Keeping Software Simple Part 1 Introduction Installation

Keeping Software Simple Part 1 Introduction Installation



Keeping Software Simple - Part 1 - Introduction / Installation
Install,​ Configure,​ Test,​ Use,​ Tune,​ Maintain
We get so mired in​ the​ details we tend to​ forget the​ big picture .​
software that has moved from the​ development phase to​ either alpha,​ beta,​ or​ general availability involves six things.
1 .​
Install
2 .​
Configure
3 .​
Test
4 .​
Use
5 .​
Tune
6 .​
Maintain
These items will certainly require iteration .​
For instance,​ we typically do not know how to​ tune something optimally until we begin using it​ in​ its intended environment .​
Then once we tune it​ for a​ particular environment we use it​ some more .​
And of​ course tuning usually requires going back and tweaking the​ configuration,​ which in​ turn requires us to​ re-test.
We certainly need to​ drill down on​ each of​ these entities and provide more detail,​ but before doing so we need to​ come to​ consenus that these are the​ actions items involved in​ any piece of​ software.
Without getting too wrapped up for the​ moment in​ the​ how let us try to​ answer the​ following questions.
First up: Installing Software
QUESTION
Is there any software out there that you​ know of​ that does not need to​ be installed? Somehow it​ just magically appears and we can begin using it​ :-) .​
Of course not.
MISSION STATEMENT
With the​ exception of​ configuration,​ we cannot test,​ use,​ tune,​ or​ maintain software until we have figured out how to​ install it .​
So might it​ be a​ good idea to​ put together a​ procedure for installing the​ software?
SOME NORMS
* We should always strive to​ install software in​ a​ manner that can be fully automated .​
No,​ I​ did not fall off the​ turnip truck and realize that this is​ not achievable for all software .​
But,​ if​ this is​ not doable you​ better have some compelling (in writing) reasons why not.
* If we cannot install software via a​ fully automated process then we should achieve to​ install software in​ manner that we could train a​ chimp to​ do .​
In other words the​ procedure should be so easy to​ understand that anyone could pick it​ up and accomplish it .​
Of course if​ we can achieve this then we are pretty much back to​ the​ first bullet.
* Staffing a​ configuration management team costs money and resources .​
The more complex the​ software the​ more of​ this you​ need .​
The more complex and/or convoluted your software development methodology is​ the​ more of​ these people you​ need .​
Frankly,​ a​ good software development methodology should seeks to​ minimize this function .​
Sorry,​ I​ have nothing against configuration management .​
It certainly is​ a​ needed and vitial function .​
My point is​ that it​ largely exists to​ deal with the​ crap and kludge,​ and general mess the​ development staff has lobbed over the​ fence.
* If your configuration management team is​ unable to​ move and manage files,​ directories,​ and do builds through an​ automated manner that can be accomplished by toolsets then it​ is​ likely that you​ have 1) hired a​ bunch of​ doofs to​ serve this role,​ or​ 2) are having some degree of​ crap being lobbed over the​ fence by your development staff .​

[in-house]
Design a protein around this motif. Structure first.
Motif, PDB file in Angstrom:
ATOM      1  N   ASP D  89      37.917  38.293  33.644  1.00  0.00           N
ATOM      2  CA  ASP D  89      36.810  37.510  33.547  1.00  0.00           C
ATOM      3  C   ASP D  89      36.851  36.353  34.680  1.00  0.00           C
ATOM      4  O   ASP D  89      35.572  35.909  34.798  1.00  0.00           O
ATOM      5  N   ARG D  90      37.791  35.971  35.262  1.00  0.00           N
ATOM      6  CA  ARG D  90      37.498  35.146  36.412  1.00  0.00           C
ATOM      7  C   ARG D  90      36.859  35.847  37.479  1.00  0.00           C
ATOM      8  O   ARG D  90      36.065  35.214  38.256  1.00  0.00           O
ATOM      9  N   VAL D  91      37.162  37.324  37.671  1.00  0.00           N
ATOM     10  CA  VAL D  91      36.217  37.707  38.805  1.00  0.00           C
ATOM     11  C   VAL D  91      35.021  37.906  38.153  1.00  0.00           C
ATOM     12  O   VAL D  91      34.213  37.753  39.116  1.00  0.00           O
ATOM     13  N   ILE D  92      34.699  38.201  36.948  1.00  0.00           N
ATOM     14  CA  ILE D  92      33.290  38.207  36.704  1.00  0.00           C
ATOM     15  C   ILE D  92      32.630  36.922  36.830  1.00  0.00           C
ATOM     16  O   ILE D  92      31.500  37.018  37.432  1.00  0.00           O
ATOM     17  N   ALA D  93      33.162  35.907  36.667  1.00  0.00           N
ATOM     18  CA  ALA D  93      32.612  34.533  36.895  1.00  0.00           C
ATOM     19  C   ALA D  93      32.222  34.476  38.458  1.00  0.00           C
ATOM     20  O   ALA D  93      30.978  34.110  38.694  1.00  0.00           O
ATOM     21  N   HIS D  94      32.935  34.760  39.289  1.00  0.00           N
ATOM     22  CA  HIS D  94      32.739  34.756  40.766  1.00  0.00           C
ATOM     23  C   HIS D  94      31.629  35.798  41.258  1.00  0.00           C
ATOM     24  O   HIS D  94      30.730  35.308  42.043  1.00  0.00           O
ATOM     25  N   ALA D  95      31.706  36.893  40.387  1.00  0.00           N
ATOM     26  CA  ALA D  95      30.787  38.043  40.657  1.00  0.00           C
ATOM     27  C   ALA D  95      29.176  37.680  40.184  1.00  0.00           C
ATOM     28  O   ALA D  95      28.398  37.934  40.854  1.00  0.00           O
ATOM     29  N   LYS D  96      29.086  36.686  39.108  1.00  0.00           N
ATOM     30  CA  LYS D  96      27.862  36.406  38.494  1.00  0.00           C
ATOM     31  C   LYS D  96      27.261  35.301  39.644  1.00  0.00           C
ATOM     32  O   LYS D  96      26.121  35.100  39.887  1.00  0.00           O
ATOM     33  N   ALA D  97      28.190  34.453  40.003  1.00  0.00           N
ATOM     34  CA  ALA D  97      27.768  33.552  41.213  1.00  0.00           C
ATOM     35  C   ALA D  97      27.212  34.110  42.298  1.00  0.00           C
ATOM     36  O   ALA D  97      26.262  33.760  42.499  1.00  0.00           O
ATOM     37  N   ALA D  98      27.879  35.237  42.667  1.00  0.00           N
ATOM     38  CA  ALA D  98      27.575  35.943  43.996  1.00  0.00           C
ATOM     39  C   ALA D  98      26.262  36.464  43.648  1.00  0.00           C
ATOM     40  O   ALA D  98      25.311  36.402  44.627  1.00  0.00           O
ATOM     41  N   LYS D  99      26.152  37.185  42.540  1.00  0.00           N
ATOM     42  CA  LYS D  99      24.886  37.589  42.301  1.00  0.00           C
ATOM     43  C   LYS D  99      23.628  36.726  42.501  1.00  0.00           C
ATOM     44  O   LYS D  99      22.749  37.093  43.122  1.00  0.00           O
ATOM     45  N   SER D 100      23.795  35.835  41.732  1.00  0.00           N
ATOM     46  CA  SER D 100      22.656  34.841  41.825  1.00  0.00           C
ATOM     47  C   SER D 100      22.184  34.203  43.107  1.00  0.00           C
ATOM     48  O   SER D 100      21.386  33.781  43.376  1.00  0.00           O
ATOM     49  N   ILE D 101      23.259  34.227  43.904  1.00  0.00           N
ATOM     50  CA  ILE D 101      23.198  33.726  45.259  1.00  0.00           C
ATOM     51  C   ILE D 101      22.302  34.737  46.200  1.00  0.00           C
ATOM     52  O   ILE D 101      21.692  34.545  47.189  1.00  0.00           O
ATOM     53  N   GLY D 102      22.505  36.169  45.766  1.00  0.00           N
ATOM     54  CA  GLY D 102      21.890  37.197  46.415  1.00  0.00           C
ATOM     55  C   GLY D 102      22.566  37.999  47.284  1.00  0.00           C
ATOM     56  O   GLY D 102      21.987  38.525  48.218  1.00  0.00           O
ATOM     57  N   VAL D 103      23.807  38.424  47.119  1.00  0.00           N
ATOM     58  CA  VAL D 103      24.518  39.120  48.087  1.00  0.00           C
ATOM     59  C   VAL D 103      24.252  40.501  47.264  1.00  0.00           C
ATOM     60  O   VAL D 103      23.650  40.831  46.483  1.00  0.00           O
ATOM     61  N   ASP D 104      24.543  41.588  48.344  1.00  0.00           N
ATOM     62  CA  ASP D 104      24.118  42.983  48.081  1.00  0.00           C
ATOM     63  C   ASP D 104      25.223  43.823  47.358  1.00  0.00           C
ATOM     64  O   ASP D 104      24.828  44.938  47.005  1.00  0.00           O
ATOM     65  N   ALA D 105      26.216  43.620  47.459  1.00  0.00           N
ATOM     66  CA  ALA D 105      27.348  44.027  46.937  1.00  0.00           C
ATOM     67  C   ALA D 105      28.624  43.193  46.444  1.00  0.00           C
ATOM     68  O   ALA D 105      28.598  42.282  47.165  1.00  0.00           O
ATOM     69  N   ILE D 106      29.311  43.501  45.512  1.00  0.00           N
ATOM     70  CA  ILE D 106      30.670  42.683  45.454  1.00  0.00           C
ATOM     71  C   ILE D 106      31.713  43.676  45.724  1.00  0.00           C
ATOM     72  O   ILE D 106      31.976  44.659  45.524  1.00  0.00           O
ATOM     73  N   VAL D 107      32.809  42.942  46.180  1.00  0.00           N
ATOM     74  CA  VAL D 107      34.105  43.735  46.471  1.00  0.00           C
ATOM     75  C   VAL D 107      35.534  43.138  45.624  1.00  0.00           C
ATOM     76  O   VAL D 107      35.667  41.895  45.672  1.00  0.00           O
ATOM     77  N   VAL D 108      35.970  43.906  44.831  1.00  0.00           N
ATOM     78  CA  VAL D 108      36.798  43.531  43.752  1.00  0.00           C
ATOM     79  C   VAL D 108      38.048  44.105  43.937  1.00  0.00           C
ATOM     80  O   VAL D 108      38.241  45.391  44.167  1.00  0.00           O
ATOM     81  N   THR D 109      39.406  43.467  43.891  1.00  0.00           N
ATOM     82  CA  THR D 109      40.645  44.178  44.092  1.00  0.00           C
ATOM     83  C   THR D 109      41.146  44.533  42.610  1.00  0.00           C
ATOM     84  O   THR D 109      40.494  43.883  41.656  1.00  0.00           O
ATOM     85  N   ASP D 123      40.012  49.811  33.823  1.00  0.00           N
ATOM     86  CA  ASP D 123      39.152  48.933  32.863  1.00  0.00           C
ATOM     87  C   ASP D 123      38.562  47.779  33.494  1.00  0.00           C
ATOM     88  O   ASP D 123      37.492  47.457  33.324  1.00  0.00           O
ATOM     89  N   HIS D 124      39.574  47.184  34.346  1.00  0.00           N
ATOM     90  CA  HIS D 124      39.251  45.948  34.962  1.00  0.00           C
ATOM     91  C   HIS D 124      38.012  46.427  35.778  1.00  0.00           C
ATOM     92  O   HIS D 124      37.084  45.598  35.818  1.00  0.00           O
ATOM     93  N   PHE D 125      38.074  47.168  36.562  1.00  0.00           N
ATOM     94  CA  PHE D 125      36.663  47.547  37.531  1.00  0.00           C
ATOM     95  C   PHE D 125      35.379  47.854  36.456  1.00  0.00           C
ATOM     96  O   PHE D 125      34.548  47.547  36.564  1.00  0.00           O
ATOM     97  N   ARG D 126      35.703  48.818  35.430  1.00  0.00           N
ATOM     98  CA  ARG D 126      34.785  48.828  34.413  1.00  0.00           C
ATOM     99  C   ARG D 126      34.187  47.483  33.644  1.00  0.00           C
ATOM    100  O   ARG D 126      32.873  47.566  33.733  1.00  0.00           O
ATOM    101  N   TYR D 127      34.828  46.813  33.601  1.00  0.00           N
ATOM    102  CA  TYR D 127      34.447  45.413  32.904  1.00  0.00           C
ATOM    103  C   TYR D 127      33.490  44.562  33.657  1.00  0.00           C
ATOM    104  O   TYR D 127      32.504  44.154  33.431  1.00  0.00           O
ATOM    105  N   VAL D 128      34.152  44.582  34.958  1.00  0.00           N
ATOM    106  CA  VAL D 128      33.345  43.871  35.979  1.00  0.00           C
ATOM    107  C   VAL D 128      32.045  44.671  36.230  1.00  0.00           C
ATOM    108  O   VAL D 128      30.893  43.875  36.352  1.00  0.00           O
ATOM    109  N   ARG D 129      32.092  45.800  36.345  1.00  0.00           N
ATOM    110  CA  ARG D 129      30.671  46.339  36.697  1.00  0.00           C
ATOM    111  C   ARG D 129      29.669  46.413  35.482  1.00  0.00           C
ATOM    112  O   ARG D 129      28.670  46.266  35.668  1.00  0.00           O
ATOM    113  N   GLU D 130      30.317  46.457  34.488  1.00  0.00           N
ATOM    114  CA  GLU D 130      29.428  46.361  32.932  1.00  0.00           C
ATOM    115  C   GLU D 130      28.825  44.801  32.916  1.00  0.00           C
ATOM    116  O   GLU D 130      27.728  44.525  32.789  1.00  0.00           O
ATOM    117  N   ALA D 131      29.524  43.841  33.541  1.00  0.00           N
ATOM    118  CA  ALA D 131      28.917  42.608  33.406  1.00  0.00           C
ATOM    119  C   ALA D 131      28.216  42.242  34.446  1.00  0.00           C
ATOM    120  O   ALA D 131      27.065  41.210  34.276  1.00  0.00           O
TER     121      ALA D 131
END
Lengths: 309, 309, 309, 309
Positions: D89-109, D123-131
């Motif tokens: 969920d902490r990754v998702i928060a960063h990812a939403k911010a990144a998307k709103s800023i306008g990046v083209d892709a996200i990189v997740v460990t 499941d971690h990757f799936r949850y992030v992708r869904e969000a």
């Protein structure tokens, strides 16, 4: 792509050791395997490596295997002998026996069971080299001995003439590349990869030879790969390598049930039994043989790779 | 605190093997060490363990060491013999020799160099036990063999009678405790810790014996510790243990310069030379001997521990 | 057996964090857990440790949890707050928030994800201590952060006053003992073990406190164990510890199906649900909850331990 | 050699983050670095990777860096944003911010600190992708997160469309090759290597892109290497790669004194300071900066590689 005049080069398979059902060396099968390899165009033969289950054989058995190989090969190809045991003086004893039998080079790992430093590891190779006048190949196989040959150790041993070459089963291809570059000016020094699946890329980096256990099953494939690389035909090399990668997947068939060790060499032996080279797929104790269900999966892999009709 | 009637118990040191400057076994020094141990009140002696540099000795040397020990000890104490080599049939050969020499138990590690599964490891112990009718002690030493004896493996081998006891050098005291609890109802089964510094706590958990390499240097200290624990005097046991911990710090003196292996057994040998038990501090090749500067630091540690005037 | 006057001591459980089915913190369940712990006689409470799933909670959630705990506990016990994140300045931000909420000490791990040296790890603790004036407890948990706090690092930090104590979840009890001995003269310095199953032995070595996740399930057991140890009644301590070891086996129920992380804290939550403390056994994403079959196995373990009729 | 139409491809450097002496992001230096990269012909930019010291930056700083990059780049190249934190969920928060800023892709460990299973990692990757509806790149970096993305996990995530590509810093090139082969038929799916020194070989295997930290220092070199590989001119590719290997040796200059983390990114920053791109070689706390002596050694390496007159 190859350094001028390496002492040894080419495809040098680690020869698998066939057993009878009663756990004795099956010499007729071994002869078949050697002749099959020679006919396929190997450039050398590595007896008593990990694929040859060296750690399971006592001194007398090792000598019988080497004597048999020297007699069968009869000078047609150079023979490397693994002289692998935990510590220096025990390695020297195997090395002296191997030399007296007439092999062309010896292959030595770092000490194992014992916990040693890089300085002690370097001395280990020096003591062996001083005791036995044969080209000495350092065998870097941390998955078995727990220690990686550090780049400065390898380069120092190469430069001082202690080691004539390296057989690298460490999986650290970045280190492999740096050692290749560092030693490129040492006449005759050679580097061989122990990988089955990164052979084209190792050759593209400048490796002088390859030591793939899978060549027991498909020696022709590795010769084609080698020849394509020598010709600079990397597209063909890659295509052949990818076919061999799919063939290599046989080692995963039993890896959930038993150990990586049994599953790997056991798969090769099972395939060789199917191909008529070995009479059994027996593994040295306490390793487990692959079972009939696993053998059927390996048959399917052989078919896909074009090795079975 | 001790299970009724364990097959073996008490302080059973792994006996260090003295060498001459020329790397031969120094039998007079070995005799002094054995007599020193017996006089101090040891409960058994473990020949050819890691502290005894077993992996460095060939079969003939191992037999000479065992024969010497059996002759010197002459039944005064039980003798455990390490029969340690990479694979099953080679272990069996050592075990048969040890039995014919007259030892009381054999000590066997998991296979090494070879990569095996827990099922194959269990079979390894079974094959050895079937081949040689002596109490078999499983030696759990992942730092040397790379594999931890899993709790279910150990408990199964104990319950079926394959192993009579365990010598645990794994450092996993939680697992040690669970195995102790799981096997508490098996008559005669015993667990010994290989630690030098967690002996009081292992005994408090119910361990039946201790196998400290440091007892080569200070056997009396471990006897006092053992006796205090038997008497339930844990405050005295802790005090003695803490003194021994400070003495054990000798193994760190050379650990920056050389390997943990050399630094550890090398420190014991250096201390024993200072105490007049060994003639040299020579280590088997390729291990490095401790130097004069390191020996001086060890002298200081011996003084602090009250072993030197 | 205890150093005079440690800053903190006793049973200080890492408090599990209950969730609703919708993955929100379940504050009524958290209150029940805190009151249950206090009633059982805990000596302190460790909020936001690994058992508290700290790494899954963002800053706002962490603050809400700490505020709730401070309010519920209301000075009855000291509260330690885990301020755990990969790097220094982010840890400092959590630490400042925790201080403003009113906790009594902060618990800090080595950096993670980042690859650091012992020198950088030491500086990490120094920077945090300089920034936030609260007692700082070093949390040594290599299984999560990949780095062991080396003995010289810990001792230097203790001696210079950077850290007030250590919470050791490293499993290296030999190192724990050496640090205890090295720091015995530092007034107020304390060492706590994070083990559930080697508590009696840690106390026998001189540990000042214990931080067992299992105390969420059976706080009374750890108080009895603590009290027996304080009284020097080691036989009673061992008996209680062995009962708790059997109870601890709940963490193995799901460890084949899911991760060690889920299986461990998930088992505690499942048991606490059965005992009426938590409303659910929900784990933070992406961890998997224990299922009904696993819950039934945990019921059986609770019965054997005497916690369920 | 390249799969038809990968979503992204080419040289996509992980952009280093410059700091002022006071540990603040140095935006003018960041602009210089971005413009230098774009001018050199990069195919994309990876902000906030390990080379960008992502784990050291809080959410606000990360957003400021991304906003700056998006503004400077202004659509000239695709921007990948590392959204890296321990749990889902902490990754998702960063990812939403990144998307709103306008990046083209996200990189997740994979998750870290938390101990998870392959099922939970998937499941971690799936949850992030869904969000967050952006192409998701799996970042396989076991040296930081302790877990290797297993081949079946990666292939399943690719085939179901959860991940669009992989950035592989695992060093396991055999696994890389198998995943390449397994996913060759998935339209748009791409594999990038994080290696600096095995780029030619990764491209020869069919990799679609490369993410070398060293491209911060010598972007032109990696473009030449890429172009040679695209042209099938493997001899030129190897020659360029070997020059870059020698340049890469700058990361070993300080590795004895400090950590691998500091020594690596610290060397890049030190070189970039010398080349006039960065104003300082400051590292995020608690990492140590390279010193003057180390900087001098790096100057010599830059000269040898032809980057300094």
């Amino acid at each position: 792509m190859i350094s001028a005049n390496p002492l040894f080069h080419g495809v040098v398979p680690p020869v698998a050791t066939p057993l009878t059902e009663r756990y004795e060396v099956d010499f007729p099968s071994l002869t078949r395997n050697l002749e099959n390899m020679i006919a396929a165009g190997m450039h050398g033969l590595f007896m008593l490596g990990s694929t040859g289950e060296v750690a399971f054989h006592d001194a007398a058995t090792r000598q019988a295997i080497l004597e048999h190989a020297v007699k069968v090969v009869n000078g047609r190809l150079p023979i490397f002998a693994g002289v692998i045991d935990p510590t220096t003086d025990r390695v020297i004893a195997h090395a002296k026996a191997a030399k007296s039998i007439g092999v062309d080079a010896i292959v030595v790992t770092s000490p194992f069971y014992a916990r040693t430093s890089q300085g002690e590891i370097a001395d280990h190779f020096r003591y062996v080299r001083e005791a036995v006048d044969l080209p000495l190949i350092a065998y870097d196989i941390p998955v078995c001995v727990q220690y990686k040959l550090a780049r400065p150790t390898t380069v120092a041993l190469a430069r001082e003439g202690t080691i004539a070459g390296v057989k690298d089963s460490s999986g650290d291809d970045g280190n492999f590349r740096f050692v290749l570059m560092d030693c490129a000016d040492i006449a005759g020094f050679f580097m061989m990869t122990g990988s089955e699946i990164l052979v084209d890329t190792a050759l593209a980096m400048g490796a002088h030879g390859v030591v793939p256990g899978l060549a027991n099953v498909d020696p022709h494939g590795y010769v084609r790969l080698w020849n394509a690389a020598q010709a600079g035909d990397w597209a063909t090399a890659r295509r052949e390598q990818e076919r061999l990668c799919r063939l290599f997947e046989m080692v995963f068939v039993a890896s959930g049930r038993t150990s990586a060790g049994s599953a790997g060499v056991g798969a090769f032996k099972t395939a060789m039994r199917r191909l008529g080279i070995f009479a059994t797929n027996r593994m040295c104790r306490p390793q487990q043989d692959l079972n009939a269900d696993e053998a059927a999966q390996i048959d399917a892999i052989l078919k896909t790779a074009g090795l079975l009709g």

If you​ do not like these two choices you​ had better be prepared to​ defend in​ writing,​ in​ detail just what the​ problem is​ .​
The goal is​ reduce variance .​
By reducing variance we reduce installation complexity .​
As a​ trivial but common example to​ this point I​ work with a​ product that in​ each of​ last five releases the​ development staff have relocated the​ same set of​ files that make up our runtime application api .​
They have had absolutely no compelling reason for doing this .​
Does this causes our configuration management group to​ have to​ redo tool and redo deployment procedures and processes .​
I​ am not advocating that there is​ never a​ reason to​ do something like this,​ I​ am merely stating that if​ you​ do you​ need to​ have 1) a​ compelling and bone-fide written reason for doing this (as in​ an​ engineering order,​ or​ new design requirement); and 2) you​ had better articulate this up front so everyone can prepare for the​ impact this change is​ going to​ have downstream for everyone that will be accepting these changes.
* For software installation that requires configuration during the​ installation process itself you​ will need to​ ensure that your procedure contains a​ pre installation requirements section .​
For example,​ oftentimes one is​ required to​ create a​ default directory,​ or​ set a​ default location,​ enter a​ url,​ select a​ communcation protocol,​ have a​ password and login,​ a​ license key etc,​ etc.. .​
.​
Make sure the​ person doing the​ install has all of​ this information before they begin .​
Seldom have I​ seen where an​ installation does not actually requires a​ decision point (a fork in​ the​ road) .​
Generally you​ can provide the​ answers to​ these forks in​ the​ road up front .​
For example,​ installing SQL server askes you​ to​ select a​ communication protocol .​
This is​ a​ decision point that should be known up front and provided to​ the​ installer.
* Installing software on​ different operating systems or​ different version of​ an​ operating system can be quite variant .​
As a​ general rule of​ thumb if​ the​ variance is​ more that 10% (collectively,​ no more than!!!) create a​ separate procedure.




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